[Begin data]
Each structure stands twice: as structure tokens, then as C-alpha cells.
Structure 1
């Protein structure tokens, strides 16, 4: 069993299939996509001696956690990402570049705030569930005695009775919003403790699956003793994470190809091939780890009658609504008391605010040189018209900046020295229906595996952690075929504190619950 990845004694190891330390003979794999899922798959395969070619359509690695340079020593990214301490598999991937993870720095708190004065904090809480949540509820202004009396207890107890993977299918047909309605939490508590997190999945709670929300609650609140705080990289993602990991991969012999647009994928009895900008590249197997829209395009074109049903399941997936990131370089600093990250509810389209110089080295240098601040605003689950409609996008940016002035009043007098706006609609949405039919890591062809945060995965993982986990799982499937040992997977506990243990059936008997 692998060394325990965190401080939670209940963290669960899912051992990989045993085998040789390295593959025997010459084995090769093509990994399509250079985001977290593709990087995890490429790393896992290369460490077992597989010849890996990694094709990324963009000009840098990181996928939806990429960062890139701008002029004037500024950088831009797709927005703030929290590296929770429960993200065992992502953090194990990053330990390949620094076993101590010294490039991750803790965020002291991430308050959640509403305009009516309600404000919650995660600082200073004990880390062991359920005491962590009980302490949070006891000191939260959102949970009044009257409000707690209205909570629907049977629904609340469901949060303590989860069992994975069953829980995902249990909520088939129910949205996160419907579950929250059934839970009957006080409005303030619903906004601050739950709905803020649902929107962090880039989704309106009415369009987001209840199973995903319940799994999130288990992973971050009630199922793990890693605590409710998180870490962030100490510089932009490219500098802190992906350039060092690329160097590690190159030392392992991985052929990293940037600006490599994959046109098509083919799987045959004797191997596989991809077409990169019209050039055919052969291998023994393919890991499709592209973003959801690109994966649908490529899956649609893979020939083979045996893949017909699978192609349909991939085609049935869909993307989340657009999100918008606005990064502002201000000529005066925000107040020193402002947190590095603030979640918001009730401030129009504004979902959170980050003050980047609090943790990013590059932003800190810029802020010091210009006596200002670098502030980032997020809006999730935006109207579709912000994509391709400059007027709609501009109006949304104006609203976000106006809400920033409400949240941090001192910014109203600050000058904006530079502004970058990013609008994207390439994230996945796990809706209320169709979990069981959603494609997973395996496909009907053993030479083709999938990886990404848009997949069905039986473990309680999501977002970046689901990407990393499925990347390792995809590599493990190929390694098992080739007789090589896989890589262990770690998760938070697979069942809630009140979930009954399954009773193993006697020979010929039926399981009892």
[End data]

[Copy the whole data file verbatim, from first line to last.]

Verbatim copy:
Each structure stands twice: as structure tokens, then as C-alpha cells.
Structure 1
């Protein structure tokens, strides 16, 4: 069993299939996509001696956690990402570049705030569930005695009775919003403790699956003793994470190809091939780890009658609504008391605010040189018209900046020295229906595996952690075929504190619950 990845004694190891330390003979794999899922798959395969070619359509690695340079020593990214301490598999991937993870720095708190004065904090809480949540509820202004009396207890107890993977299918047909309605939490508590997190999945709670929300609650609140705080990289993602990991991969012999647009994928009895900008590249197997829209395009074109049903399941997936990131370089600093990250509810389209110089080295240098601040605003689950409609996008940016002035009043007098706006609609949405039919890591062809945060995965993982986990799982499937040992997977506990243990059936008997 692998060394325990965190401080939670209940963290669960899912051992990989045993085998040789390295593959025997010459084995090769093509990994399509250079985001977290593709990087995890490429790393896992290369460490077992597989010849890996990694094709990324963009000009840098990181996928939806990429960062890139701008002029004037500024950088831009797709927005703030929290590296929770429960993200065992992502953090194990990053330990390949620094076993101590010294490039991750803790965020002291991430308050959640509403305009009516309600404000919650995660600082200073004990880390062991359920005491962590009980302490949070006891000191939260959102949970009044009257409000707690209205909570629907049977629904609340469901949060303590989860069992994975069953829980995902249990909520088939129910949205996160419907579950929250059934839970009957006080409005303030619903906004601050739950709905803020649902929107962090880039989704309106009415369009987001209840199973995903319940799994999130288990992973971050009630199922793990890693605590409710998180870490962030100490510089932009490219500098802190992906350039060092690329160097590690190159030392392992991985052929990293940037600006490599994959046109098509083919799987045959004797191997596989991809077409990169019209050039055919052969291998023994393919890991499709592209973003959801690109994966649908490529899956649609893979020939083979045996893949017909699978192609349909991939085609049935869909993307989340657009999100918008606005990064502002201000000529005066925000107040020193402002947190590095603030979640918001009730401030129009504004979902959170980050003050980047609090943790990013590059932003800190810029802020010091210009006596200002670098502030980032997020809006999730935006109207579709912000994509391709400059007027709609501009109006949304104006609203976000106006809400920033409400949240941090001192910014109203600050000058904006530079502004970058990013609008994207390439994230996945796990809706209320169709979990069981959603494609997973395996496909009907053993030479083709999938990886990404848009997949069905039986473990309680999501977002970046689901990407990393499925990347390792995809590599493990190929390694098992080739007789090589896989890589262990770690998760938070697979069942809630009140979930009954399954009773193993006697020979010929039926399981009892």